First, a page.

Stories are circulating about a UK company that has worked out a way to manufacture petrol from air. The BBC reports …
Its sounds exciting, they are converting carbon dioxide into fuel, so what is the problem here. Well, it took them several months to get a couple of litres, but that is not the real issue, because what they have is just a concept, a demo to prove that it works. Can they scale it up? Given enough investment and the rising cost of fuel it might be economic in the long term … but then again perhaps not. The real problem is simple and revolves around the basic chemistry and also the Laws of Thermodynamics.
Carbon dioxide is almost completely energy-free: it is what you get from hugely exothermic (energy-releasing) reactions like burning fuel. Petrol on the other hand consists of long carbon chains of that are full of chemical energy, so if you want to convert carbon dioxide into fuel, you need to put all that energy back in. There is no magic here, it will take heaps of power to do this, so all you are really doing here is storing up energy and thus the fuel is simply a way to capture, preserve and transport that energy. So where will this energy come from … renewables, or nuclear perhaps, but it sure as hell will not be coming from burning more fuel, that would be utterly insane.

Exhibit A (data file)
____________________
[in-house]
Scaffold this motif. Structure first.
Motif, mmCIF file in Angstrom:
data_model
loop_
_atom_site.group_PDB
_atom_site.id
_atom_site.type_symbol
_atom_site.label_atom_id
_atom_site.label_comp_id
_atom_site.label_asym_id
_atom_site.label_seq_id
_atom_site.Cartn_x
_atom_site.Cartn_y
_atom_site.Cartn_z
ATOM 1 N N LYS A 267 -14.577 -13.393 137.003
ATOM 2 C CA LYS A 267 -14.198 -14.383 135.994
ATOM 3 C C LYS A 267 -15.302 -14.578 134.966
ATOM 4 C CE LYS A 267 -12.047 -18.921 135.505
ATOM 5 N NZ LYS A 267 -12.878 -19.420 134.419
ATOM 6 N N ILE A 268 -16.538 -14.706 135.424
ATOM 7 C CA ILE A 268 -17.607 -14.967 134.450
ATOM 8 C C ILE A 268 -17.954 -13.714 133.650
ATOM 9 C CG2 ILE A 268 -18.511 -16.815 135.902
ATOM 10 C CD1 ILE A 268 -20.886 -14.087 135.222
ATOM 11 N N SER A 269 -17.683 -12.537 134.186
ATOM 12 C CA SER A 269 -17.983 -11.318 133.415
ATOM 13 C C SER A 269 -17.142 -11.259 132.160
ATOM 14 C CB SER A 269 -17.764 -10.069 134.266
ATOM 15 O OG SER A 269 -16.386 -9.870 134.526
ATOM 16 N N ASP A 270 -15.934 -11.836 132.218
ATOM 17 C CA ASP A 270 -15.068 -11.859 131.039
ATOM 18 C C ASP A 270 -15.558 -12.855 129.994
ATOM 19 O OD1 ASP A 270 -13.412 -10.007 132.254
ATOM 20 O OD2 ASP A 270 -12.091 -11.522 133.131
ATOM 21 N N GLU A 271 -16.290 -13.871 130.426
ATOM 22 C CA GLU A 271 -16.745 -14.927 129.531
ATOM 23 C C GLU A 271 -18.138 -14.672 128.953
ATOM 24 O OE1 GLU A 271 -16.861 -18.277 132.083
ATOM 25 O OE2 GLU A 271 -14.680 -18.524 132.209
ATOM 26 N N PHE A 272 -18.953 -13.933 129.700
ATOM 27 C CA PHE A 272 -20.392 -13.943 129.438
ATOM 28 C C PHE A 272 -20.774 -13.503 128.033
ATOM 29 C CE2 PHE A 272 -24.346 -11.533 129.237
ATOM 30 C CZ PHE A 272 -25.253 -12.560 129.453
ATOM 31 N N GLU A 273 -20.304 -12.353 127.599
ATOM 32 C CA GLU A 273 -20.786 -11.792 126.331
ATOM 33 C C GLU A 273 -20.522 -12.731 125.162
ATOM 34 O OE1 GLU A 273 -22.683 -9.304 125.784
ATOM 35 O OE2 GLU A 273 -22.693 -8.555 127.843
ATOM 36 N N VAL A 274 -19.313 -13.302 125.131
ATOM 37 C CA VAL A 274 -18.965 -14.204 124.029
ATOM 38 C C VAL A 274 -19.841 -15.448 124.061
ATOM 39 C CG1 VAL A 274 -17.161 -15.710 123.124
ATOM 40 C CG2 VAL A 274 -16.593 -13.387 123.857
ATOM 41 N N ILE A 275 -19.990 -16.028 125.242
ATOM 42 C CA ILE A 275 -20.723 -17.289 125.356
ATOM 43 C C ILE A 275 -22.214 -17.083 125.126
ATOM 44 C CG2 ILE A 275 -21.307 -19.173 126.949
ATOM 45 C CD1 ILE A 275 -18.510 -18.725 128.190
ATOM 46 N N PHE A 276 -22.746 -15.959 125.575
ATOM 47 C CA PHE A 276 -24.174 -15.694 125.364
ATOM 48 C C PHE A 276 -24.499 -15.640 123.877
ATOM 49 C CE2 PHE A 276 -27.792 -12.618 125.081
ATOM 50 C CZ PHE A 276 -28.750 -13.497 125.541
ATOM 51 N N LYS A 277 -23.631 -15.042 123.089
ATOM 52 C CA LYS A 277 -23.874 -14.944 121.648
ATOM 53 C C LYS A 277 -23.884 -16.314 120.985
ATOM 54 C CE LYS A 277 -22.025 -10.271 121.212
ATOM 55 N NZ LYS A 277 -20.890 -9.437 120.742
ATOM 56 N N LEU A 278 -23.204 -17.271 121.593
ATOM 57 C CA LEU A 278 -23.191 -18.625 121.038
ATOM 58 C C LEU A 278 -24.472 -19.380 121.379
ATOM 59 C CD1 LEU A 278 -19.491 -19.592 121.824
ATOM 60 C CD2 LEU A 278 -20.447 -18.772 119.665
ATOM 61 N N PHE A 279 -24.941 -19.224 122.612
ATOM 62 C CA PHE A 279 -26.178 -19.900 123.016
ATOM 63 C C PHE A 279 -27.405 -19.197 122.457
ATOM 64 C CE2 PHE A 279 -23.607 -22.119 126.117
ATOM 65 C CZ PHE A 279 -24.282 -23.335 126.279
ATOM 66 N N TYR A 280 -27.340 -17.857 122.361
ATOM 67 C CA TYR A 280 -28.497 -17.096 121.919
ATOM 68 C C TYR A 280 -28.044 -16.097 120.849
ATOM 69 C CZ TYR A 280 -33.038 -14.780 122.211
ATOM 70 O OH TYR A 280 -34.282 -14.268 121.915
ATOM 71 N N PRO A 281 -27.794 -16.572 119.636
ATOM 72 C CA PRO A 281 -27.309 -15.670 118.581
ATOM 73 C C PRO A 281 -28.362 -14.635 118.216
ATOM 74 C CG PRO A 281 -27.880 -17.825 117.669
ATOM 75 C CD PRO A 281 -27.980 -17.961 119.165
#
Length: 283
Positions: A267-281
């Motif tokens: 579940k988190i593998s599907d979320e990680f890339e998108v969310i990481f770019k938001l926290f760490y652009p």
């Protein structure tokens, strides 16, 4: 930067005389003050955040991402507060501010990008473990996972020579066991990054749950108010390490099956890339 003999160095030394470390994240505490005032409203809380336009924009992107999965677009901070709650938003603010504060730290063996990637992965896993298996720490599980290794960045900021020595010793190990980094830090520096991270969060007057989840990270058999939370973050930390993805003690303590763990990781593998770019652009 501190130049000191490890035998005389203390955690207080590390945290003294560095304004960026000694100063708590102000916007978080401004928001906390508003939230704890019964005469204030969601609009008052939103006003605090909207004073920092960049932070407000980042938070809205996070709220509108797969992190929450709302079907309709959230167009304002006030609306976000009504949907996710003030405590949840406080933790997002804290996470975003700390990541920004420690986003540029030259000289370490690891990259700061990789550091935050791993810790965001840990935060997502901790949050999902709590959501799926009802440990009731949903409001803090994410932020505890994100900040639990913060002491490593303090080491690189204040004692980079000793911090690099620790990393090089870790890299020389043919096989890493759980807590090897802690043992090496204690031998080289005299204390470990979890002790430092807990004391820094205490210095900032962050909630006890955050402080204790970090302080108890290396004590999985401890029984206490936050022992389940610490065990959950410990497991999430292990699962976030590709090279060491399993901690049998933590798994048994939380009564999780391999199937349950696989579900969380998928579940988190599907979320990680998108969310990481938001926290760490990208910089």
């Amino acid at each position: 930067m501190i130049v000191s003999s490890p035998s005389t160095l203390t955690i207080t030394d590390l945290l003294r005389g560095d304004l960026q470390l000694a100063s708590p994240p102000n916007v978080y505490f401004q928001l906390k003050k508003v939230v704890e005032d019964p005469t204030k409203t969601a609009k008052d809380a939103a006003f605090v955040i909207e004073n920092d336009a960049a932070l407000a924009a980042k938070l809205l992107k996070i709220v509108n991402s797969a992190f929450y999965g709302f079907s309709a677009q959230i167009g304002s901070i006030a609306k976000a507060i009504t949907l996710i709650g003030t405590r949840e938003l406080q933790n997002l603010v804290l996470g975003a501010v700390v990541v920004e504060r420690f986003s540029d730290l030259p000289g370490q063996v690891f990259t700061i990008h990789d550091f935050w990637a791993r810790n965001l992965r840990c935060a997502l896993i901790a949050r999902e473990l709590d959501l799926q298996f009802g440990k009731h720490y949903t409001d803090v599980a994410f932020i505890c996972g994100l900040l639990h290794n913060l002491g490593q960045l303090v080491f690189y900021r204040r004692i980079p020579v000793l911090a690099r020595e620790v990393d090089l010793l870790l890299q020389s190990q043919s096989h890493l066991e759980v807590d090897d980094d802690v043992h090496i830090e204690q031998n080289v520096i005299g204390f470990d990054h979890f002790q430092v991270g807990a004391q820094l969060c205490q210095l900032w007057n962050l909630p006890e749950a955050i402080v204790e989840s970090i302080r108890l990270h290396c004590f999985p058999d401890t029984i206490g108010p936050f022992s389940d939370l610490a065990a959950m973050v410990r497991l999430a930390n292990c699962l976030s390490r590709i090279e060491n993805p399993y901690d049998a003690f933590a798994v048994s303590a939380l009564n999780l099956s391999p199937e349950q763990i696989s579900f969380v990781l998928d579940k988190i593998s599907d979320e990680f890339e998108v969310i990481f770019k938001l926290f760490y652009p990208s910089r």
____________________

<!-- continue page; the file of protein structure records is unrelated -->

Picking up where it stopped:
Still, it is an interesting step … if it takes off, it means we can capture energy in a renewable manner, then use it to manufacture fuel and so we get to keep our cars, and also lose the guilt trip about pumping carbon dioxide out, because to get that fuel we would be simply taking it back.
Final sanity check … yes, it is indeed a technical reality, but right now this is not a commercial reality, it is a heck of a lot simpler to simply drill and pump the stuff out of the ground. But in the years to come we might be tempted to turn to a technology like this once the oil starts to run out, then perhaps this does become a bit more interesting. Then again, this could simply be one of those ideas that simply do not scale up into something that could ever be commercially viable, because the amount of energy required to produce the fuel may prove to be far too much.